Although it is too early to analyse the response of countries or other organizations to these new or more acutely felt challenges, it is possible to illustrate some of the actions taken by FAO thus far to respond to them. FAO's own focus has been sharpened through the strategic planning process that was initiated following the World Food Summit. In The Strategic Framework for FAO: 2000-2015,4 the major trends and forces expected to have a bearing on FAO's work are identified and the relevant actions are grouped under the following corporate strategies: A) Contributing to the eradication of food insecurity and rural poverty; B) Promoting, developing and reinforcing policy and regulatory frameworks for food, agriculture, fisheries and forestry; C) Creating sustainable increases in the supply and availability of food and other products from the crop, livestock, fisheries and forestry sectors; D) Supporting the conservation, improvement and sustainable use of natural resources for food and agriculture; and E) Improving decision-making through the provision of information and assessments and fostering of knowledge management for food and agriculture. It is within this context that the present chapter provides a short and selective view of how FAO has responded to a number of new challenges to world food security.

Conflicts and natural disasters


Natural and human-induced disasters are a major source of human mortality, injury and displacement; they also have tremendously damaging effects on farmers' welfare as well as on their assets and on local and national food supplies. If not properly managed, such disasters can cause serious food shortages, create conditions in which famine takes its toll on affected populations and disturb global food markets. The most alarming trend is in the steep increase in the number of countries afflicted by human-induced disasters, which have risen from an average of 5 in the 1980s to 22 in 2000, mainly as a result of conflict. Emergency situations with important social and economic repercussions are also created by the spread of plant pests and animal diseases, as well as by human diseases, including HIV/AIDS, tuberculosis and malaria.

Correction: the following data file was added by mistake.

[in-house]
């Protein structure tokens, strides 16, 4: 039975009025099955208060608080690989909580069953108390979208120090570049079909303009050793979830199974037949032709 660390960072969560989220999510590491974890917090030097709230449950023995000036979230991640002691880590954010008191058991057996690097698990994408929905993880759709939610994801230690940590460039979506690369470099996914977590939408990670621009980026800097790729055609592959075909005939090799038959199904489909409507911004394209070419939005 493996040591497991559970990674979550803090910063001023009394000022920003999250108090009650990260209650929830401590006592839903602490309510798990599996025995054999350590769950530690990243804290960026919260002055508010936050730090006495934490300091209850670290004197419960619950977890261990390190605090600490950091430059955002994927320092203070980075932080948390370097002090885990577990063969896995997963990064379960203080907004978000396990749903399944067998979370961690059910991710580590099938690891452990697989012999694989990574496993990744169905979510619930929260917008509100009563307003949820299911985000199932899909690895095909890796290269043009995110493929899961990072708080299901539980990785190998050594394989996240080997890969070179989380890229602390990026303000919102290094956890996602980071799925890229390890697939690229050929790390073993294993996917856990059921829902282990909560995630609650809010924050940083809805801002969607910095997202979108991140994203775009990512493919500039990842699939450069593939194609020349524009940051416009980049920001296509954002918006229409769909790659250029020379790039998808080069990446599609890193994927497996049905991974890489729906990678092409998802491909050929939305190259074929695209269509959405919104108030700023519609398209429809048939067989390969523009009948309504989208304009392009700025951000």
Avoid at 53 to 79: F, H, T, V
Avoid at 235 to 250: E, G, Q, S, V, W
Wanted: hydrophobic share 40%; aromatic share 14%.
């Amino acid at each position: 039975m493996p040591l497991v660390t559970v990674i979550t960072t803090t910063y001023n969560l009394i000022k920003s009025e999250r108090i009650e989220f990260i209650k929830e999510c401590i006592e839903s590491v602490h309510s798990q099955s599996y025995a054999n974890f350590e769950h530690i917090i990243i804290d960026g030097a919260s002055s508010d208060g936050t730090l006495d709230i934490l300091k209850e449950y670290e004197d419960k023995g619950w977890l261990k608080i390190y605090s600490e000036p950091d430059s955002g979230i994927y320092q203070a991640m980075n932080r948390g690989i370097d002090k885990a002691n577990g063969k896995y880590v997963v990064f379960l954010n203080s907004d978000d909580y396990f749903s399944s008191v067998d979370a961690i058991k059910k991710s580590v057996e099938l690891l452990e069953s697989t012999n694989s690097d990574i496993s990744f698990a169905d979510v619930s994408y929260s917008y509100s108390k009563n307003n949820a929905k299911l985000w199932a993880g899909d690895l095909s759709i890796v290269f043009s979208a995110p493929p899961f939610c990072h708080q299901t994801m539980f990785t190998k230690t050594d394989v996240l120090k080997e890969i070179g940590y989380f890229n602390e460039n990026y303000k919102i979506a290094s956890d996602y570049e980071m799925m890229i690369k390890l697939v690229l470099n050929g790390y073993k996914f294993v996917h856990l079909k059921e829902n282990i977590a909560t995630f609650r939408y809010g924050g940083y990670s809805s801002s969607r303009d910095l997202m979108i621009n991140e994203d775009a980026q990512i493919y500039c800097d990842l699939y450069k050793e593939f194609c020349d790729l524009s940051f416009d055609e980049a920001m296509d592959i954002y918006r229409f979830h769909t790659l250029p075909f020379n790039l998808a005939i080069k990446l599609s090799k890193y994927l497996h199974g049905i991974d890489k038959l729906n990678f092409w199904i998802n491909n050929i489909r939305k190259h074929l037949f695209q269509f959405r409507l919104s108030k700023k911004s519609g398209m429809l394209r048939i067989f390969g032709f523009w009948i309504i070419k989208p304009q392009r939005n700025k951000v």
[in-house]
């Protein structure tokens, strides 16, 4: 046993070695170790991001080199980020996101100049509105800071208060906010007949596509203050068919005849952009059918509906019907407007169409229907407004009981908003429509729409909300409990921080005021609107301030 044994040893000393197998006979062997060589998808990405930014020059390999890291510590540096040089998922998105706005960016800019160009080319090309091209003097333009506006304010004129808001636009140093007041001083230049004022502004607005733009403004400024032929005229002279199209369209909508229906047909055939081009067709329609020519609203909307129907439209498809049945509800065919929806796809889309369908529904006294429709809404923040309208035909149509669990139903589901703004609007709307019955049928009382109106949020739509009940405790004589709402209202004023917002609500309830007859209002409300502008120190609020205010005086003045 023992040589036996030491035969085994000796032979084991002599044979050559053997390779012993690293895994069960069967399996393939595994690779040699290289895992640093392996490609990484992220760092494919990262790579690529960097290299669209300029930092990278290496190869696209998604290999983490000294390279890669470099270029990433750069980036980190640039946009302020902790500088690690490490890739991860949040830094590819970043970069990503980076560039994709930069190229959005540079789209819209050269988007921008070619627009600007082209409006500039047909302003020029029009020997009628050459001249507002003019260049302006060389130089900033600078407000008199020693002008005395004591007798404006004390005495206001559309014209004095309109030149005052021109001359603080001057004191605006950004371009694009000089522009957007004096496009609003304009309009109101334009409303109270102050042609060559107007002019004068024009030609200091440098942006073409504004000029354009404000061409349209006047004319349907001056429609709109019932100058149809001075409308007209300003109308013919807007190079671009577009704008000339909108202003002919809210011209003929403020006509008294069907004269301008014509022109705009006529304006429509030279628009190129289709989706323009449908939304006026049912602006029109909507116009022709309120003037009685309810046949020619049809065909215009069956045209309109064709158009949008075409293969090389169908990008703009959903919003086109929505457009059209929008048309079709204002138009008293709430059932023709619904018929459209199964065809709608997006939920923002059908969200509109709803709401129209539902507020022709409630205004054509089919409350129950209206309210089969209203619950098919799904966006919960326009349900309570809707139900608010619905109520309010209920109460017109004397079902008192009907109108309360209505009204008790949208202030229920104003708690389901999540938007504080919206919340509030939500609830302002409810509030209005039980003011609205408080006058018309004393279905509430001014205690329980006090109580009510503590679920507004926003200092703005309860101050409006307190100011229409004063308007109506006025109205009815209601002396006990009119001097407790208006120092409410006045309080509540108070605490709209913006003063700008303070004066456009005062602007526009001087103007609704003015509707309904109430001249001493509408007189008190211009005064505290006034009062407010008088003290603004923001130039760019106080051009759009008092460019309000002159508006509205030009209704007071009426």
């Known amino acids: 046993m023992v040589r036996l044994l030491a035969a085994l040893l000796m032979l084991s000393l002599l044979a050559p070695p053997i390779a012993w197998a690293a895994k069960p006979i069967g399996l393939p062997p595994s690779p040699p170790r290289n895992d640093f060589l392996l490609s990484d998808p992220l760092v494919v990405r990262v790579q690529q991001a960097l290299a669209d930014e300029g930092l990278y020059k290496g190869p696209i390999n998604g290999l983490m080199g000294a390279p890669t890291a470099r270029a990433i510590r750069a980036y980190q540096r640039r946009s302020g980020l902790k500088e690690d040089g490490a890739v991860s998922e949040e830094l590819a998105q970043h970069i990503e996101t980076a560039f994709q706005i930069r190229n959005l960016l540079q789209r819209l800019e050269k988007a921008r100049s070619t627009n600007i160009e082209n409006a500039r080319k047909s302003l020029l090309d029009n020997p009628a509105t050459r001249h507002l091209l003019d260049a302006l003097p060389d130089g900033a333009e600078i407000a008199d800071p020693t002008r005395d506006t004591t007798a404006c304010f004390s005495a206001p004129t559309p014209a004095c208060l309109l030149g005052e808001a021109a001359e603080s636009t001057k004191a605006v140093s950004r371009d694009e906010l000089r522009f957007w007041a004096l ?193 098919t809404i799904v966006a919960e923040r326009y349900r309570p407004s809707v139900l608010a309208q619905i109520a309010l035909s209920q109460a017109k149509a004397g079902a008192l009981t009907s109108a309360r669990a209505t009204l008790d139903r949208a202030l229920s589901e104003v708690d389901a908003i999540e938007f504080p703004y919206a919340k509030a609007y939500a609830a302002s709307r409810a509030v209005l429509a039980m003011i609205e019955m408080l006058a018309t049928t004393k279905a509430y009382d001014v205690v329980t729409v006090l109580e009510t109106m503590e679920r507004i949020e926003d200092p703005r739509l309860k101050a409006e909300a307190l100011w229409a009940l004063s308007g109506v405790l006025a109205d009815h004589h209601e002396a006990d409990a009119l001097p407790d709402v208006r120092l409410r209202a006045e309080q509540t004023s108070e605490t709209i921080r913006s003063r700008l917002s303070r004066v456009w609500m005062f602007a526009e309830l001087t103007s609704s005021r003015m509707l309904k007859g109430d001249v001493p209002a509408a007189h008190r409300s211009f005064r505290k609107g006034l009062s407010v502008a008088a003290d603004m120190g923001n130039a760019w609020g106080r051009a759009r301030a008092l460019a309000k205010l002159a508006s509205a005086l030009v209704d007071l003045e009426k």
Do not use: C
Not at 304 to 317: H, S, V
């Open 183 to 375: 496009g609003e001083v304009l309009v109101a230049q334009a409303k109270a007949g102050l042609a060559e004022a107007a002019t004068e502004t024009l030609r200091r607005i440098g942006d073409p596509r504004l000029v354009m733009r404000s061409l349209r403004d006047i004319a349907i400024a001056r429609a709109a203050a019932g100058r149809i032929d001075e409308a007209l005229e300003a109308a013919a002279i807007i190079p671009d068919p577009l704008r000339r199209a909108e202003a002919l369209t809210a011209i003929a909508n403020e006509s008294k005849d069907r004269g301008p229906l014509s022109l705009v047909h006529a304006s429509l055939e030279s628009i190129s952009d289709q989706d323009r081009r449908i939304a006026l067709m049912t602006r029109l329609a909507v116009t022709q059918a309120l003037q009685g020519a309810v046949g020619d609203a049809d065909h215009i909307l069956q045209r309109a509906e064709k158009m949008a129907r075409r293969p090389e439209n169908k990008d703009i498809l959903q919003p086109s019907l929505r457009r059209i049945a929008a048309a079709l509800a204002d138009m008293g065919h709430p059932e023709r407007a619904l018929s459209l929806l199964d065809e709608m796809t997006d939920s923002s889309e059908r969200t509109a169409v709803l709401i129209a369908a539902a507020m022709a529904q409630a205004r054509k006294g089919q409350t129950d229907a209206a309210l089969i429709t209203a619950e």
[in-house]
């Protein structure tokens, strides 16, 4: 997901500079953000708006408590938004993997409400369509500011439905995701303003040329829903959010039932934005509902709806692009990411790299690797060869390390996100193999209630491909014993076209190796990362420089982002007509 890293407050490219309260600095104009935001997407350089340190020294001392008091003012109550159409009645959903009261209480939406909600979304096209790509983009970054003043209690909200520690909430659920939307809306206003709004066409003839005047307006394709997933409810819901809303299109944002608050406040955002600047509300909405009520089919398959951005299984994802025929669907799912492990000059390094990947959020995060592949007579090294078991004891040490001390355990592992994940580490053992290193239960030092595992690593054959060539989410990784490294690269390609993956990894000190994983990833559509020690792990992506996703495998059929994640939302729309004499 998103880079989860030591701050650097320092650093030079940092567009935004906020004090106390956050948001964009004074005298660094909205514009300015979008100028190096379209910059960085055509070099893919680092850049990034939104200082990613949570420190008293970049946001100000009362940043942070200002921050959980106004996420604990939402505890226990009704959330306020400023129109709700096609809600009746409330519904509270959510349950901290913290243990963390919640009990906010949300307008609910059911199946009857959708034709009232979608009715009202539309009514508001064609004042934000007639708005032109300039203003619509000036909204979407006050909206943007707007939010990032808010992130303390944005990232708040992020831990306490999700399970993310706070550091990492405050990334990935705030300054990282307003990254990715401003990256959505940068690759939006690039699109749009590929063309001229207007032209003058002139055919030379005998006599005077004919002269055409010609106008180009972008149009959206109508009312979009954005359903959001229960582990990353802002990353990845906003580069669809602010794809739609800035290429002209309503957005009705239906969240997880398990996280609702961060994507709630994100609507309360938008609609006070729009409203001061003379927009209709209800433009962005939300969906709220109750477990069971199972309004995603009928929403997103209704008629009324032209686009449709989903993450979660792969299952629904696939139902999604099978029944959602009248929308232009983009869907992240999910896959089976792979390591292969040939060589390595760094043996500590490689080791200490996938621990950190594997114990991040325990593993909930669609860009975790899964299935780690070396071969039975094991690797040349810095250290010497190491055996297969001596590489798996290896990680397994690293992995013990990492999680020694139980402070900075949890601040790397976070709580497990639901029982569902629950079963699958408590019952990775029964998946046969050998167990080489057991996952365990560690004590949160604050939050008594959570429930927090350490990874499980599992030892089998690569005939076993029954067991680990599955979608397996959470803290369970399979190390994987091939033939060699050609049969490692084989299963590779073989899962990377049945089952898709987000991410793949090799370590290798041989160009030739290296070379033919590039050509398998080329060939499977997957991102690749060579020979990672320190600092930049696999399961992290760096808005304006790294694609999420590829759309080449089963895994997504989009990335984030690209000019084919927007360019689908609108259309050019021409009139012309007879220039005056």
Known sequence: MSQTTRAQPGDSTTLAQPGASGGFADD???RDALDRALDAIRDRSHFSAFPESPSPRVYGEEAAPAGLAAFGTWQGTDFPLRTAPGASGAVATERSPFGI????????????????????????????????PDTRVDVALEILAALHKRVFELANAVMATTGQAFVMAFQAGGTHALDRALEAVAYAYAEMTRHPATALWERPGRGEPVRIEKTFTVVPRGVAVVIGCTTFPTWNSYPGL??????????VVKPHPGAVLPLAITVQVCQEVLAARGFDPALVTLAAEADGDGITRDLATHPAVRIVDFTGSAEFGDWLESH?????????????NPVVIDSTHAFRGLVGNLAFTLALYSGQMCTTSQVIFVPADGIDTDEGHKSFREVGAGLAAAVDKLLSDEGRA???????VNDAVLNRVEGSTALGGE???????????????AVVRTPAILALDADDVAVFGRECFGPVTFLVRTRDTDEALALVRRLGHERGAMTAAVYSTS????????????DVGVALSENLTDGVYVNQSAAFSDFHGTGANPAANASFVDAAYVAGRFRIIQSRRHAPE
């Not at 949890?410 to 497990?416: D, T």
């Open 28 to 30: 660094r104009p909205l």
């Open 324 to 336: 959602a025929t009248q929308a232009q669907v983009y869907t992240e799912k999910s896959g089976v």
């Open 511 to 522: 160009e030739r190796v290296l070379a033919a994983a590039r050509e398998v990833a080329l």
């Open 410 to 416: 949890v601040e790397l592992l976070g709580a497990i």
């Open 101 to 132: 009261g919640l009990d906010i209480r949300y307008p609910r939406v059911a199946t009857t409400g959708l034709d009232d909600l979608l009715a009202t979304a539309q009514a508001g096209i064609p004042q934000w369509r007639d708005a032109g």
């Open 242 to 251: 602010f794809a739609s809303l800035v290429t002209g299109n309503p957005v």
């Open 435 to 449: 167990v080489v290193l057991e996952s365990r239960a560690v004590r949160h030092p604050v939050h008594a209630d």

Although much has been learned from experience on how to predict most types of disasters and although new technologies are lengthening the lead time for the issuance of warnings of adverse weather events, there has been an alarming increase in the number of countries affected by natural disasters each year since the World Food Summit, with a rise from 28 to 46 countries affected between 1996 and 2000. Moreover, this trend appears to have been associated with a rise in the scale of damage. Much of the increase has been in countries affected by weather-related disasters (rising from 10 to 18 per year), but the extent to which this is due to the impact of climate change induced by global warming - and hence human activity - is not clear.


One of the implications of the recent escalation in the number and scale of disasters is that these have tended to focus international and national attention - as well as resources - on actions to limit damage, drawing attention away from less dramatic but arguably more significant issues which are perceived as being less urgent. This appears to be the case for problems related to chronic hunger, chronic ill-health and disability, where many of those who suffer most are hardly visible and, indeed, often kept at home marginalized from everyday life. Yet it is the failure to address these problems satisfactorily that predisposes very large numbers of poor families to such vulnerability to shocks, whether natural or the result of human action. What is needed is to forestall disaster by raising the resilience of poor and food-insecure communities to withstand shocks, and by improving early warning. When disaster still strikes, the requirement is for speedy and sufficient relief followed by a sustained effort to rebuild people's livelihoods and self-reliance.